Who could have predicted that the least contentious item during the Jan. 9 City Council meeting would be Item 13b “Update on Oil and Gas Issues?” After hearing about a dozen critical citizen comments regarding Extraction’s Comprehensive Drilling Plan (CDP) submitted on December 15, Broomfield Special Counsel Tami Yellico stated that the Staff had already noted many of the same deficiencies in the 720-page document. When asked by Council Member Kreeger if it was safe to say that the CDP would not be approved, Ms. Yellico agreed that “we will not approve the plan in its current form.” After the process of gathering all comments on the CDP is completed by the City on January 20 and they are submitted to Extraction, Ms. Yellico also agreed to make a request to the State (COGCC) that Extraction’s Form 2 and 2A permits not be reviewed by the COGCC until Extraction provides a CDP revision. That would “reset the clock” according to the October 24 operator agreement, in which Extraction was required to submit the CDP to the City 30 days before submitting its Form 2 and 2A permits to the COGCC.
In another announcement at the end of the meeting, City Attorney Tuthill stated that the City had received a written legal opinion by special oil and gas attorney Phil Barber on the implications of Ballot Question 301 and about the October 24 operator agreement between Extraction and the City. Attorney Tuthill told Council Members that the document would be available for their review in the next day or so but that “discussions ought to take place in executive session.” Mayor Ahrens then shortcutted the usual Council procedure and Council immediately voted to hold an executive session on the operator agreement between the City and Extraction and how 301 affects this moving forward.
City Manager Ozaki began item 13b in the City Manager’s report by stating that he “appreciated the substantial number of comments from the public” on the CDP. All fourteen citizens making comments asked that the Extraction CDP not be approved, frequently referring to the December 22 explosion in Windsor at an Extraction site as reason not to proceed until the cause is resolved.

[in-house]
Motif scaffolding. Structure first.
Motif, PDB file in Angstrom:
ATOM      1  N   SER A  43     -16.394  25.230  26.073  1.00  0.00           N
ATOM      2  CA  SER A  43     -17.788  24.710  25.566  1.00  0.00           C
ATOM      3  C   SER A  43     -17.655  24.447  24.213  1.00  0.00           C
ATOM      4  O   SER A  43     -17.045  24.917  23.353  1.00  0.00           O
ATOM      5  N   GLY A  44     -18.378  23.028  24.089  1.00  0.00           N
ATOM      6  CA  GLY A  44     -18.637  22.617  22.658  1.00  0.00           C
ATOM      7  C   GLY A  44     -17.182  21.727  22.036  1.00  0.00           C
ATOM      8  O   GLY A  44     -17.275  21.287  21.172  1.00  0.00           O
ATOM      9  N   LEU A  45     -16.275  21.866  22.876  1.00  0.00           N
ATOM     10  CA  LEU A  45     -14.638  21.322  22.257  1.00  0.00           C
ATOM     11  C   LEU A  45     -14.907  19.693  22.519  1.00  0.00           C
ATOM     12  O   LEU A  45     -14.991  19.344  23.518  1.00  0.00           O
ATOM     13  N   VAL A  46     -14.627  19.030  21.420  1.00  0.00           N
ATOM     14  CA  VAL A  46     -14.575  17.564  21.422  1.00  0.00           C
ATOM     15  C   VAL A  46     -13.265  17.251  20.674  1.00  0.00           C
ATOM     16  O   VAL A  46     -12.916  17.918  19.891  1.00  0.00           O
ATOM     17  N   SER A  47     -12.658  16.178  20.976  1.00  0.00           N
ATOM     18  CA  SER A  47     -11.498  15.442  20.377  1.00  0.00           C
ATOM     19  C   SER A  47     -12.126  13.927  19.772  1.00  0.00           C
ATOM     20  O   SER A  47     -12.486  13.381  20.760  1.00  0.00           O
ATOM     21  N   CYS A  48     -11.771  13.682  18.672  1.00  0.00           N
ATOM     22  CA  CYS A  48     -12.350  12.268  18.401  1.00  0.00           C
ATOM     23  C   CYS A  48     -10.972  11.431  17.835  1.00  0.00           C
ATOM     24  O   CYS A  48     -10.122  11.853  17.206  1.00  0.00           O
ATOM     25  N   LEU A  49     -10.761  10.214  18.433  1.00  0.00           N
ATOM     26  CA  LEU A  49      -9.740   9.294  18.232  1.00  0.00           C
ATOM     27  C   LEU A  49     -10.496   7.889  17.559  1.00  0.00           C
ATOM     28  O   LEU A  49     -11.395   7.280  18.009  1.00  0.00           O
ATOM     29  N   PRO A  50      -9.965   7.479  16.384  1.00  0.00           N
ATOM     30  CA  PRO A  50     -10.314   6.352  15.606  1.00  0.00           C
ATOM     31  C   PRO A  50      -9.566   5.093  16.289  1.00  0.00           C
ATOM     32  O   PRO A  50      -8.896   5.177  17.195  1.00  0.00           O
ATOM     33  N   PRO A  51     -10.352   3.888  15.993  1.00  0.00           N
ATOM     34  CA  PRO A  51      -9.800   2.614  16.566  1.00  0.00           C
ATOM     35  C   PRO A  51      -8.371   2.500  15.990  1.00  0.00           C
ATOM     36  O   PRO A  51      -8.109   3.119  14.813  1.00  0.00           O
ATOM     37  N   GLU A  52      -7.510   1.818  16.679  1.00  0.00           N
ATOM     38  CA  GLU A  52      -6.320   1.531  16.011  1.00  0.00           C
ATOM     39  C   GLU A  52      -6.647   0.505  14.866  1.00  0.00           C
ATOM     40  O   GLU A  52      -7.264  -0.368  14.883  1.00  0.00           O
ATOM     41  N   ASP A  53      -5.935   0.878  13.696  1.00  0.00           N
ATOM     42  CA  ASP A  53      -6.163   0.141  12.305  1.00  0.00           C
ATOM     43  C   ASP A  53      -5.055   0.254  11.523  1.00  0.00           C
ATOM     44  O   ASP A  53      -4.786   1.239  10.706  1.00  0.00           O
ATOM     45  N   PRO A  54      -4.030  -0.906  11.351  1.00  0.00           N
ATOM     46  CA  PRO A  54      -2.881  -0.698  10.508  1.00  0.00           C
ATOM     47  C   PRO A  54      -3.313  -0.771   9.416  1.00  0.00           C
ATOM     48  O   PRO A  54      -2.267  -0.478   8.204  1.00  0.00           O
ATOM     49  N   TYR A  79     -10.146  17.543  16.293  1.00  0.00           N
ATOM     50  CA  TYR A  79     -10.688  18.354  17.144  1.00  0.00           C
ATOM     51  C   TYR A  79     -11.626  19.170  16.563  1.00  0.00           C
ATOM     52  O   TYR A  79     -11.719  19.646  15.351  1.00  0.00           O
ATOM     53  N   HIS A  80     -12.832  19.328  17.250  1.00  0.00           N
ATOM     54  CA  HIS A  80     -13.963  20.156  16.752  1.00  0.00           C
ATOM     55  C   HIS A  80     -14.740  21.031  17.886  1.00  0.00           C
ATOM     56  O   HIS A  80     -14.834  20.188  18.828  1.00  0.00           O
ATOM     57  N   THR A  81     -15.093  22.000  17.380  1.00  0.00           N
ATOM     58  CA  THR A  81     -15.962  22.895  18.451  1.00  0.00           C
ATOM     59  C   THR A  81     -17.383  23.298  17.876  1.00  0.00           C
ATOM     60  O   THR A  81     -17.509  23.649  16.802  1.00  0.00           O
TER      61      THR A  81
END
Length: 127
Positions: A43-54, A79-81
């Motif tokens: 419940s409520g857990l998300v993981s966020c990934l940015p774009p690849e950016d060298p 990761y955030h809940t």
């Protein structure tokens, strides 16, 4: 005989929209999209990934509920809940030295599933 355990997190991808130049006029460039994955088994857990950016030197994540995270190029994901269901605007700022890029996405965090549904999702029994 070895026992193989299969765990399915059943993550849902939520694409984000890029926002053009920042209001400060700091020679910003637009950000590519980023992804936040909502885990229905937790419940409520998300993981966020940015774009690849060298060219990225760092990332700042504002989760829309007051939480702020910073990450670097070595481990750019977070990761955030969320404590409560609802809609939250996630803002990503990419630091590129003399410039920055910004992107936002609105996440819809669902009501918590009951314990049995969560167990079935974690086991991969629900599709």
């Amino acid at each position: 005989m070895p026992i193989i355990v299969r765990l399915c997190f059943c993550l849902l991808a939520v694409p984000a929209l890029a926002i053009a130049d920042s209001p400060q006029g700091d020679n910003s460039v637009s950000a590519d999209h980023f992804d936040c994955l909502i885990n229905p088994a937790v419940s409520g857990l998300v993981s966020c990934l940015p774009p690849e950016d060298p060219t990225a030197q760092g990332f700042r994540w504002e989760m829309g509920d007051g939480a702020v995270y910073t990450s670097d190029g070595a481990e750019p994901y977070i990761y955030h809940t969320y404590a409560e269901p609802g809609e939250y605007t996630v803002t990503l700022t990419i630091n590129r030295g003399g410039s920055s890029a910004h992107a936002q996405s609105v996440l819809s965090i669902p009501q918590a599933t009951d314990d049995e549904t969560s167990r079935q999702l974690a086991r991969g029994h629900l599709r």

Several speakers referred to very detailed lists of CDP deficiencies that they had already submitted to Council. Michael Win of Anthem Ranch stated that he had been “managing an engineering company for more than 37 years” but “rarely had I found myself reading a proposal or document” with so many problems as “the Comprehensive Drilling Plan for Broomfield submitted by Extraction.” He submitted to Council a detailed extrapolation of the CDP noise section data which showed the project will exceed the noise limits set by the Broomfield Comprehensive Plan developed by the Oil and Gas Task Force. Jennifer Gamble of Adams County Communities for Drilling Accountability Now (ACCDAN) submitted a six-page analysis of the CDP, pointing to both technical and obvious errors. These included the egregious error that the Emissions Inventory and Impact Analysis had been prepared on the wrong sites (the original United, Huron, Sheridan and Lowell locations). Several other Adams County residents referred to the fact that the traffic plan lacked a light at the intersection of the access road and Huron.
In further Council comments related to Ballot Question 301, Council Member Law-Evans said that she hoped that 301 might be “the dragon-slayer.” By this, Council Member Law-Evans meant that she hoped that the City, through direction of its legal counsel, would be able to implement a legal strategy that had the best chance of long-term success in the courts. Earlier in the evening, Council Member Shaff had cited Ballot Question 301 as a reason to question if the proposed purchase of 75 acres for a Broomfield park next to I-25 and 682 feet from an oil well would “prioritize the health and safety of citizens.”
Ms. Yellico also reported that she had met with Attorney Matt Sura and 301 Co-Chairs Judy Kelly and Neil Allaire to discuss 301. Ms. Yellico stated that their requests seemed to focus on their ability to comment on the CDP, having input on the municipal code revisions, and suggestions to secure an Intergovernmental Agreement (IGA) officer with the COGCC to have the local ability to cite operators.
Several Council members thanked the citizens for their efforts in already reviewing the CDP, which Council Member Shelton referred to as “great crowdsourcing.” Council Member Castriotta cited the fact that almost a dozen citizens had to leave and were unable to make citizen comments because of the late hour and requested that such issues be discussed earlier in the evening. The City requests that written comments be submitted by January 20 so they can give them to Extraction.